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How To Spot an Investment Scam

 

Image of Lock with the word securityYou’re online, and there’s a contest open to all. You know the answer, and the free gift is enticing. Should you enter?

You go into a shopping mall and are asked to fill out a form to enter a sweepstakes to win a car. You’d love to have the car, and, hey, someone’s going to win it. There’s no purchase necessary, so why not? “Don’t do it!” says Eric Stein, a scam artist who was interviewed (while in jail!) by The Wall Street Journal. He should know. In his interview, Stein provides the following information that will prove useful in avoiding the investment scams you so often read about.

  • Don’t respond to email or snail mail that you didn’t request, no matter how legitimate it looks. Scam artists have become very professional and will produce something slick, glossy and easy to understand. Don’t fall for it.
  • The online contests and car sweepstakes you see in stores are both used by scammers to target names and addresses. Don’t fill them out.
  • Avoid funds that are advertised as “low risk, high return” or “safe,” or promise an outrageous return such as 25% per quarter. If it sounds too good to be true, it probably is.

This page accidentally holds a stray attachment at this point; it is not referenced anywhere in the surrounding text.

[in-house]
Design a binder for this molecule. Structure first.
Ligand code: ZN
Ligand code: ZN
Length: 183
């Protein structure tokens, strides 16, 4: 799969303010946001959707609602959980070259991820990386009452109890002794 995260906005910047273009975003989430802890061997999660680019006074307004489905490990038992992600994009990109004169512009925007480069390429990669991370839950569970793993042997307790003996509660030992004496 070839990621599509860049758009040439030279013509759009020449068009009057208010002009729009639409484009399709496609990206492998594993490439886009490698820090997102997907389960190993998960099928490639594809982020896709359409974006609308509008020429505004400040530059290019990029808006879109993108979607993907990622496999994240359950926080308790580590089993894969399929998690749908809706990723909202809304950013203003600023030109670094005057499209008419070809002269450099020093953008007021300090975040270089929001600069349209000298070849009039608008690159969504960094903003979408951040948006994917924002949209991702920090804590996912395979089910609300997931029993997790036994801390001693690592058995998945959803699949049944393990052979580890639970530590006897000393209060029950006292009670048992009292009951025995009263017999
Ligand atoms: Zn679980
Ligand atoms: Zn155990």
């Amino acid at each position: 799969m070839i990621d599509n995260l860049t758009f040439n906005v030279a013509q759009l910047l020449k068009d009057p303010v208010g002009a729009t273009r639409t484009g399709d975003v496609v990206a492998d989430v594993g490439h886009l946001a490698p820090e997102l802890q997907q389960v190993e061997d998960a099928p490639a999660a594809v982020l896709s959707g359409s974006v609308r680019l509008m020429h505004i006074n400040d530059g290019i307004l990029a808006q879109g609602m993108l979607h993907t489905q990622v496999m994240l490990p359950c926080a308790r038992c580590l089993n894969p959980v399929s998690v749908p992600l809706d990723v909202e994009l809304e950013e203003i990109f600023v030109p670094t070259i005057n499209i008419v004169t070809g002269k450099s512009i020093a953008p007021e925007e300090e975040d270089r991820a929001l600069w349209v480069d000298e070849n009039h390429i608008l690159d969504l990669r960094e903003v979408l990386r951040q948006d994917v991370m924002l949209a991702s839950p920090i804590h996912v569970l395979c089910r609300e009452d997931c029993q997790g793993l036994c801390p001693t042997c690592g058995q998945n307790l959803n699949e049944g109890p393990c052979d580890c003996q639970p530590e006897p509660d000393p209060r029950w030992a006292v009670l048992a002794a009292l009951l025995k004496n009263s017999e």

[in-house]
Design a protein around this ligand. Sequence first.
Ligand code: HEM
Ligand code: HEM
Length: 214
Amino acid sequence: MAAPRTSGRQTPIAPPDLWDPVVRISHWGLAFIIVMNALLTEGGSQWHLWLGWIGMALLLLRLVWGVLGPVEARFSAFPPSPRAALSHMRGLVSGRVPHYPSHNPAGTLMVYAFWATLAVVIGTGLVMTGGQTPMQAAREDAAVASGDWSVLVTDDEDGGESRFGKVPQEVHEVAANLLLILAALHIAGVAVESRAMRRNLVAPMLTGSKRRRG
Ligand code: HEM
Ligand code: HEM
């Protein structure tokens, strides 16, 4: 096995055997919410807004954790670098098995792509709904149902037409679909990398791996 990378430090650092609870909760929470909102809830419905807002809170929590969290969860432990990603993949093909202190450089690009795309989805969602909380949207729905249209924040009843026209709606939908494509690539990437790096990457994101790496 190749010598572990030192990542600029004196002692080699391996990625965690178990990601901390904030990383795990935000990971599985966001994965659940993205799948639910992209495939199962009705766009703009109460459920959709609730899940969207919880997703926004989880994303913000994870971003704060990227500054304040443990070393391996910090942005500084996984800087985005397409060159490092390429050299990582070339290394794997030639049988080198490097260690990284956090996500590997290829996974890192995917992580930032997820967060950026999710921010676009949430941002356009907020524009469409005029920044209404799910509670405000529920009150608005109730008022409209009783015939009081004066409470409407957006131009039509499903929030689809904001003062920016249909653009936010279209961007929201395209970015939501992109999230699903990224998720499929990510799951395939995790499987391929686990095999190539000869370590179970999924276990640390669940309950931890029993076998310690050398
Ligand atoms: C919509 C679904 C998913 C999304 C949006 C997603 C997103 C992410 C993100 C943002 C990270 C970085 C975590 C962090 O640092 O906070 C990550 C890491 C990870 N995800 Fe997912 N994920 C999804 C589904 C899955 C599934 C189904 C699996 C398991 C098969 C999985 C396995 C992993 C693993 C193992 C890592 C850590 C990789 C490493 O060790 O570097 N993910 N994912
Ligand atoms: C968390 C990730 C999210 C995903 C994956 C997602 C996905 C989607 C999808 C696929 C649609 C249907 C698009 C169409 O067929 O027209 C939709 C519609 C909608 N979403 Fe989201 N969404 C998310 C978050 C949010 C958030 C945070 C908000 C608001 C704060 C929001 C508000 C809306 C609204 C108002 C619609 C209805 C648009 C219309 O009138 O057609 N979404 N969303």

• Don’t purchase financial products because a friend or clergy person recommends them. They may have already fallen for the scam without knowing it.
  • Don’t talk to a financial salesperson on the phone if you don’t know him. Don’t be polite – simply hang up. Anyone can call himself a “financial adviser” or a “business consultant.”
  • Buy stocks only from a licensed, registered broker.
  • Don’t buy unregistered securities. Keep your eyes open.
  • Don’t let the fact that traditional investments aren’t giving you the returns you want turn you into bait for scammers.
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